Is High College Tuition Defensible?
Coming from an upper middle class family, Bruce Bueno de Mesquita says, he could have afforded to pay some college tuition. Instead, he was the beneficiary of the tax dollars of less well-off New Yorkers. He argues that "tuition discrimination" makes private universities a fairer option.
Jason Gots is a New York-based writer, editor, and podcast producer. For Big Think, he writes (and sometimes illustrates) the blog "Overthinking Everything with Jason Gots" and is the creator and host of the "Think Again" podcast. In previous lives, Jason worked at Random House Children's Books, taught reading and writing to middle schoolers and community college students, co-founded a theatre company (Rorschach, in Washington, D.C.), and wrote roughly two dozen picture books for kids learning English in Seoul, South Korea. He is also the proud father of an incredibly talkative and crafty little kid.
What's the Big Idea?
Coming from an upper middle class family, de Mesquita says, he could have afforded to pay some tuition. Instead, he was the beneficiary of the tax dollars of New Yorkers who didn’t send their kids to public institutions. Is that fair? Not so much, he argues.
The high tuition of private universities, de Mesquita says, is misleading, because few students actually pay it. He sees it as a way of attracting educationally ambitious students and creating a social networking pool that will benefit them in their careers. This, he says, is how private universities compete against public ones. Most private universities engage in “price discrimination” – reserving scholarships for students in financial need and making the de Mesquitas of this world pay a bit more. No free rides for the rich kids.
What’s the Significance?
There are two intertwined questions here. 1) Does free market competition create better schools? and 2) How egalitarian is the “tuition discrimination” de Mesquita describes, really? Question one is playing out right now in the public school system nationwide, as privately run (but free to students) charter schools compete with traditional public schools for students and resources. Enthusiastically embraced by educational policy makers and politicians, charter schools have had mixed academic outcomes so far, failing (on average) to improve reading and math scores significantly more than their public competitors. This does not definitively refute the “improvement through competition” argument, but it doesn’t support it, either.
With respect to question two, it is also arguable that the specter of high tuition drives away not only the less academically ambitious, but also the less wealthy – students from families without a long history of college attendance, or experience with scholarships and low-interest-rate loans. These students are more likely to consider a $40,000 tuition categorically out of reach than those who can afford it, or those whose parents attended private universities at cost but now find themselves in reduced circumstances.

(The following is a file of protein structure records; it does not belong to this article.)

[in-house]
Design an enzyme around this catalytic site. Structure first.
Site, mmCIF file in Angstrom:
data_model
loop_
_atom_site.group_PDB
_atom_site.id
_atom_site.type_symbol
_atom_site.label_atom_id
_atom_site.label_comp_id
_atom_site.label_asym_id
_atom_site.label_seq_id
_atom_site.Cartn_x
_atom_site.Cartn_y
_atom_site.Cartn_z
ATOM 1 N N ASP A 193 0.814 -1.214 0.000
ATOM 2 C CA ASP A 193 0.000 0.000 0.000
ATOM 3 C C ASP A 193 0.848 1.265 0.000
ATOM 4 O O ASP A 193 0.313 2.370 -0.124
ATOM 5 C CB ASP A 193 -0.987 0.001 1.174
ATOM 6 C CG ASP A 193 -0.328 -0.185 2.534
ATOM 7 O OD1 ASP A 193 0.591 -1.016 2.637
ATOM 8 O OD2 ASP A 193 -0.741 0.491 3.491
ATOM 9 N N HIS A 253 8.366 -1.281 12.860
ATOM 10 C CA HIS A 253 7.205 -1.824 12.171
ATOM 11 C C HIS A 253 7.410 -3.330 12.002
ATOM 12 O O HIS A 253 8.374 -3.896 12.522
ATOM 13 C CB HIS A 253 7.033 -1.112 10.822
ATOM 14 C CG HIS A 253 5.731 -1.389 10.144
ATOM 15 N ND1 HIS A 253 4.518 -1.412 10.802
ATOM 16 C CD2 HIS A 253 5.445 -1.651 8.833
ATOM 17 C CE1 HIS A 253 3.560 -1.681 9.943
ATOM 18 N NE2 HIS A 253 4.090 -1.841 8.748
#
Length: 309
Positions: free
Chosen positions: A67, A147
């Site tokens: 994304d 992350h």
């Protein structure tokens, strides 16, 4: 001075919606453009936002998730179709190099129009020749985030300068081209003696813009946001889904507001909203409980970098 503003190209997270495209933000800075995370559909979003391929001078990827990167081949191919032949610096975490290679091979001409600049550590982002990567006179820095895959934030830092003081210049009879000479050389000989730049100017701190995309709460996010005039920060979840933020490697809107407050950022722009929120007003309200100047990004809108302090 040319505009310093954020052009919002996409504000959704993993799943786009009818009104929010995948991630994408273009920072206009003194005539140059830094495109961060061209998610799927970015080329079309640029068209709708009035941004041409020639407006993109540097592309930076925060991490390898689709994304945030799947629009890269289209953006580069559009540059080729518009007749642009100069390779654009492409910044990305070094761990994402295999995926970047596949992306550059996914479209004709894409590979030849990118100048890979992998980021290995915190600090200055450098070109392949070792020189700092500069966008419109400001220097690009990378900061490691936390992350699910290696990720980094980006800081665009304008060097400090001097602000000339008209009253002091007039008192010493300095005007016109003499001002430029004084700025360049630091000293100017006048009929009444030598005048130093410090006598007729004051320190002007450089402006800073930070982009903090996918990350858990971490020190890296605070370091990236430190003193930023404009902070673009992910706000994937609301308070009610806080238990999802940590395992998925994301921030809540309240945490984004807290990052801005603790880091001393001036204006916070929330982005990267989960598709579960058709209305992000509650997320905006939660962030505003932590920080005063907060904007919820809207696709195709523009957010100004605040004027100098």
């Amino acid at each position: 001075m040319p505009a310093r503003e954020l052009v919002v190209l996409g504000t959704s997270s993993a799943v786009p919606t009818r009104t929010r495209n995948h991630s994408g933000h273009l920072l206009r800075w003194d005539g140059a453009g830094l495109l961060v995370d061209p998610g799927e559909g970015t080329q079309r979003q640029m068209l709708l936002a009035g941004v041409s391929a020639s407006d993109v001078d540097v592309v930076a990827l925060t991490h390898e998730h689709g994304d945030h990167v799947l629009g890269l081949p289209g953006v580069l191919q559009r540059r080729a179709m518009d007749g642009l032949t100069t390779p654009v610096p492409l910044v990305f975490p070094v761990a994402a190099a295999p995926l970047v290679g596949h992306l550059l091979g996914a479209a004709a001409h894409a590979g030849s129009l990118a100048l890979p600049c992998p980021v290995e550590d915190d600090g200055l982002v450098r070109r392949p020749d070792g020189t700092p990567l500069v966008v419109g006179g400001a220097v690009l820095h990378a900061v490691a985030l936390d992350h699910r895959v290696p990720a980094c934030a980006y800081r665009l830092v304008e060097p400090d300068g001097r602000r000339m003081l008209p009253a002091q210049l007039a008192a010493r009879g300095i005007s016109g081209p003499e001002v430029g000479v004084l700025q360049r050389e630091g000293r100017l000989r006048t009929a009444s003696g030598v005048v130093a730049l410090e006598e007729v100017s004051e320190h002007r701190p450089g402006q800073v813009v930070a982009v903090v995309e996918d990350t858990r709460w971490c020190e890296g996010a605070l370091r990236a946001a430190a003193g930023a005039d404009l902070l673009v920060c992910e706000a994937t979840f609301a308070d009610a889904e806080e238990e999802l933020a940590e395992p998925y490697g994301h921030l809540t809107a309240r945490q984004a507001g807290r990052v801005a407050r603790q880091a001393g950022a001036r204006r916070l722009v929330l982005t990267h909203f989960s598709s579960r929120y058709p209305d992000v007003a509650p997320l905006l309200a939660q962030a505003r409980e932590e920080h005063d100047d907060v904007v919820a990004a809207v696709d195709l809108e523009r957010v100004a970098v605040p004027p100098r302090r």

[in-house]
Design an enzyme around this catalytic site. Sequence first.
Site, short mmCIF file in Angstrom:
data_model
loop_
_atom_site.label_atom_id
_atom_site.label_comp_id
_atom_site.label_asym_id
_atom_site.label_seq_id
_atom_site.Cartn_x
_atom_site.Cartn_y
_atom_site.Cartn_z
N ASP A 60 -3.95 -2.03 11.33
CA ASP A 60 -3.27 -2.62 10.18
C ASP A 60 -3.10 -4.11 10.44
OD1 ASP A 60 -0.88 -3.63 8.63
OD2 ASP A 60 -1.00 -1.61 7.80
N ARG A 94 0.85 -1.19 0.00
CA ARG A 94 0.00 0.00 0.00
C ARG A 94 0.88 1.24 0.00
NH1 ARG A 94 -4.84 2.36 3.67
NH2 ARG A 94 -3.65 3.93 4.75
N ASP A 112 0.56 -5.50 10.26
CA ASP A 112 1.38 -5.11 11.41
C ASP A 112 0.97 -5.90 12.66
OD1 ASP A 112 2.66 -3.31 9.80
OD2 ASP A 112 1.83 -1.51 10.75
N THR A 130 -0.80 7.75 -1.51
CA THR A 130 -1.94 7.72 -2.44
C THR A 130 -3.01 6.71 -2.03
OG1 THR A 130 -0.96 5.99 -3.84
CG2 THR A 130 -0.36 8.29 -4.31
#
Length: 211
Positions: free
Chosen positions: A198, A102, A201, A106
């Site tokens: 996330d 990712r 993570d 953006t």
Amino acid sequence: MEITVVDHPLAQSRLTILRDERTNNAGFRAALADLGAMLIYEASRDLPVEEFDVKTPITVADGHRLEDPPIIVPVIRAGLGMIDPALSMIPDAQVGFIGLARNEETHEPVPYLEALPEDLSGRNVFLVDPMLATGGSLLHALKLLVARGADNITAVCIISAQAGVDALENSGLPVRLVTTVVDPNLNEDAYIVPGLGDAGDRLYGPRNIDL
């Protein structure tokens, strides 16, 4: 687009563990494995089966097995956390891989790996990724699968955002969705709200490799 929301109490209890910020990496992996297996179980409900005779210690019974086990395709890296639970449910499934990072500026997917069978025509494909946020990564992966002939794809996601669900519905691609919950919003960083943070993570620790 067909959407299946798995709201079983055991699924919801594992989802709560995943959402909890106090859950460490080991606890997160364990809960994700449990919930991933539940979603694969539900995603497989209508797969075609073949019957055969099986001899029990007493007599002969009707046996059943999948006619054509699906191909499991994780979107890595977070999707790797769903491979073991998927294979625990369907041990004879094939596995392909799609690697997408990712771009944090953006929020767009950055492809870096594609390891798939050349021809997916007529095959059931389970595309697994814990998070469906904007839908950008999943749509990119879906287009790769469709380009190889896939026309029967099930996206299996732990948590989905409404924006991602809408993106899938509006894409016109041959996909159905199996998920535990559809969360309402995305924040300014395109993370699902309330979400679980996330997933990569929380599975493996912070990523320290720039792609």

What is abundantly clear, however, is that the current models of higher education will be under close scrutiny for some time to come. Tuition discrimination or no, many students are graduating with enormous debt loads into a sagging economy. Educating students about student loans (“Know what you’re getting into, kid!”) is at best a halfhearted solution, given that the very existence of federal loans and their low interest rates are designed to encourage students to take them – and to boost their career prospects through higher education. It’s like giving away lollipops along with a flyer about dental care.
It's the first time the association hasn't hired a comedian in 16 years.
Progressive America would be half as big, but twice as populated as its conservative twin.
- America's two political tribes have consolidated into 'red' and 'blue' nations, with seemingly irreconcilable differences.
- Perhaps the best way to stop the infighting is to go for a divorce and give the two nations a country each
- Based on the UN's partition plan for Israel/Palestine, this proposal provides territorial contiguity and sea access to both 'red' and 'blue' America
A study on flies may hold the key to future addiction treatments.
- A new study suggests that drinking alcohol can affect how memories are stored away as good or bad.
- This may have drastic implications for how addiction is caused and how people recall intoxication.
- The findings may one day lead to a new form of treatment for those suffering from addiction.
SMARTER FASTER trademarks owned by The Big Think, Inc. All rights reserved.